3 Takeaways from the Lightning’s Disappointing Game 5 Loss vs Toronto

In a critical Game 5 matchup, the Tampa Bay Lightning were unable to capitalize on two early first-period goals, eventually falling to the Toronto Maple Leafs 4-3. Auston Matthews scored the game-winning goal with just under eight minutes left in the game to give the Leafs a 3-2 advantage in the series.

After four lopsided games, Game 5 finally gave fans a close, back-and-forth contest. Unfortunately for the Lightning, they were unable to capitalize on early momentum, as careless penalties and untimely mistakes let the Leafs back into the game.

Lightning With Another Fast Start

In a series in which the team that has scored first has won each of the first four games, the Lightning jumped out first with a Steven Stamkos goal. Just under a minute later, they extended the lead with a Victor Hedman power-play tally. What has happened in this series is that the team that has scored first seems to have a bigger share of the game momentum than what is normally seen in a playoff period, leading to some lopsided games. This has been a bit of a trend throughout the playoffs, as through 22 games the average margin of victory has been 3.27 goals per game representing the largest average playoff goal differential since the NHL expanded beyond six teams in 1967-1968.

Victor Hedman Steven Stamkos Nikita Kucherov Tampa Bay Lightning
Tampa Bay Lightning Defenceman Victor Hedman celebrates a goal with Steven Stamkos and Nikita Kucherov (Photo by Gerry Angus/Icon Sportswire via Getty Images)

One of the keys to the quick start was the ability to stop the Maple Leafs on an early power-play attempt when the Lightning were whistled for a too many men on the ice penalty. They later capitalized on their own power-play with the Hedman goal. That set the tempo for the first period in which they outshot the Maple Leafs 14-5, reflecting the up-tempo pace with crisp passing that the Lightning demonstrated in the period.

Lightning are Still Taking Too Many Unnecessary Penalties

The argument can be made that both teams are taking too many unnecessary penalties, as this series has seen the most penalties called so far in the first round of the playoffs. Of the penalties that the Lightning have been whistled for, the most difficult ones to stomach were the not one, but two penalties for too many men on the ice. The second one led to a John Taveras power-play goal that changed the momentum of the second period, and ultimately the game. It was only some excellent work in net by Andrei Vasilevskiy that kept the Lightning up 2-1 at the end of the second period.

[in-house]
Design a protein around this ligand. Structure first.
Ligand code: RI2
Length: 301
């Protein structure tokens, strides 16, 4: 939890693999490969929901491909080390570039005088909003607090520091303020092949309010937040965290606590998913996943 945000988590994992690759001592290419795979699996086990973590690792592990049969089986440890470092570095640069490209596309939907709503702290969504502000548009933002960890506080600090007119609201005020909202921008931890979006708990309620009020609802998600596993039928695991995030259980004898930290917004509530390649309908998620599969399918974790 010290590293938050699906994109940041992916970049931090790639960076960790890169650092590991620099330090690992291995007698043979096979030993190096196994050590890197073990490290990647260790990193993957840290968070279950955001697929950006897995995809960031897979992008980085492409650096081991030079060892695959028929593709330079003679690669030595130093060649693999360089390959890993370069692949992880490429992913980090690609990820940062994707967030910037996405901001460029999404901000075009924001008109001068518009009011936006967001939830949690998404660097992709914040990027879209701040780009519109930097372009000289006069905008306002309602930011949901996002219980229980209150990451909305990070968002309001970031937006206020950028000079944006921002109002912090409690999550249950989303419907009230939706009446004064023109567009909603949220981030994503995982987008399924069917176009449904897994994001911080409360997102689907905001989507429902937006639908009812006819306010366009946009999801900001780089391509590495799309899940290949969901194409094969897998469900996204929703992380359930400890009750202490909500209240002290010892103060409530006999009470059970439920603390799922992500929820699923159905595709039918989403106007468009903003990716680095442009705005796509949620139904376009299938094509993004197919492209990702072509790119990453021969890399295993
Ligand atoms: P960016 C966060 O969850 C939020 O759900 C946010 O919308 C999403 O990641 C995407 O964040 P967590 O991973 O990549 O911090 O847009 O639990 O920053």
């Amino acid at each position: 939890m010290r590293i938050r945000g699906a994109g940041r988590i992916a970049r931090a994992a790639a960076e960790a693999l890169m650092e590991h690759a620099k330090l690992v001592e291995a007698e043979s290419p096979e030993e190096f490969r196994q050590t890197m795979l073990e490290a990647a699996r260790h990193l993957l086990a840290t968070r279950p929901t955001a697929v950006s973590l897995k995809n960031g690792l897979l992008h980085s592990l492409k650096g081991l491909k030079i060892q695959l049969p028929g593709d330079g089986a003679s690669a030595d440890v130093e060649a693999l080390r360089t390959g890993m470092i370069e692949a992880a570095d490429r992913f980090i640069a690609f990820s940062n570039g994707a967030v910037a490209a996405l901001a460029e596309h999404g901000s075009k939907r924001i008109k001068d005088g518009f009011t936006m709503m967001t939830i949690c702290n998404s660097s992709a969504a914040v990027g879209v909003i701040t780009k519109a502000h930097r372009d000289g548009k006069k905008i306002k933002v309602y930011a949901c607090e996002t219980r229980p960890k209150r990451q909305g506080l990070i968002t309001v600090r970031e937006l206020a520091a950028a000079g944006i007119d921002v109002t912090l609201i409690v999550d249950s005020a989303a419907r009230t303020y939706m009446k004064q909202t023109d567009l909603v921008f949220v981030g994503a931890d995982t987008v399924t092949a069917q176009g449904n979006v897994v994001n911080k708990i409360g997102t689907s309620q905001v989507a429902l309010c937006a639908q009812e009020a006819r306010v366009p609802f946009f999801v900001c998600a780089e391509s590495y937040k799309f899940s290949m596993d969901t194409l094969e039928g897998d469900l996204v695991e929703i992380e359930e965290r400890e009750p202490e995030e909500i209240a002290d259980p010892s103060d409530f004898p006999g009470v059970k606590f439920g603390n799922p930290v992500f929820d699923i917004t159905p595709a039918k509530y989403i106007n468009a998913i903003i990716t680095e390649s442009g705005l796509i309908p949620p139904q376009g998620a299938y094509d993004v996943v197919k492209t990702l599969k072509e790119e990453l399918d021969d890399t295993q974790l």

John Tavares Toronto Maple Leafs Andrei Vasilevskiy Tampa Bay Lightning
Toronto Maple Leafs Center John Tavares screens Tampa Bay Lightning Goalie Andrei Vasilevskiy (Photo by Gerry Angus/Icon Sportswire via Getty Images)

Throughout this series, the Lightning have been their own worse enemy. While some may question the way in which these games are being called, the officials have nothing to do with taking multiple too many men penalties. These penalties are all about communication, which is something that should not be an issue for this team. These kinds of infractions are unacceptable for a veteran team such as the Lightning, as they cannot afford to give the team who led the regular season in power-play goals so many opportunities with the man advantage.

Lightning Falter in the Third Period

The Lightning had an excellent chance to build on their one-goal lead when David Kampf took a penalty to give them a power-play early in the third period. However, 10 seconds later, Stamkos took a high sticking call, leading to some 4-on-4 hockey. Toronto was able to use this to their advantage and get goals from Morgan Reilly and William Nylander. Again, another careless Lightning penalty led to a momentum change in the game. To their credit, the Lightning did rally to tie it on a Ryan McDonagh goal, but eventually gave up the lead and the game when Matthews slapped home a rebound off a 2-on1 break.

Ryan McDonagh, Tampa Bay Lightning
Ryan McDonagh, Tampa Bay Lightning (Amy Irvin / The Hockey Writers)

With the loss, the Lightning have dug themselves a big hole. When a best-of-seven series is tied 2-2, the winner of Game 5 holds an all-time series record of 219-58 or a 79 percent series victory rate. While a lot of credit should go to the Maple Leafs for fighting back from the early deficit, the Lightning had plenty of chances throughout the game to extend their lead and take control of the game and the series. Instead, missed opportunities have put their run for a three-peat on life support.

Related: 3 Lightning Players Who Need to Produce in the 2022 Playoffs

The teams now head back to Tampa for Game 6 on Thursday night. If the Lightning can find a way to prevail, Game 7 would be back in Toronto on Saturday.

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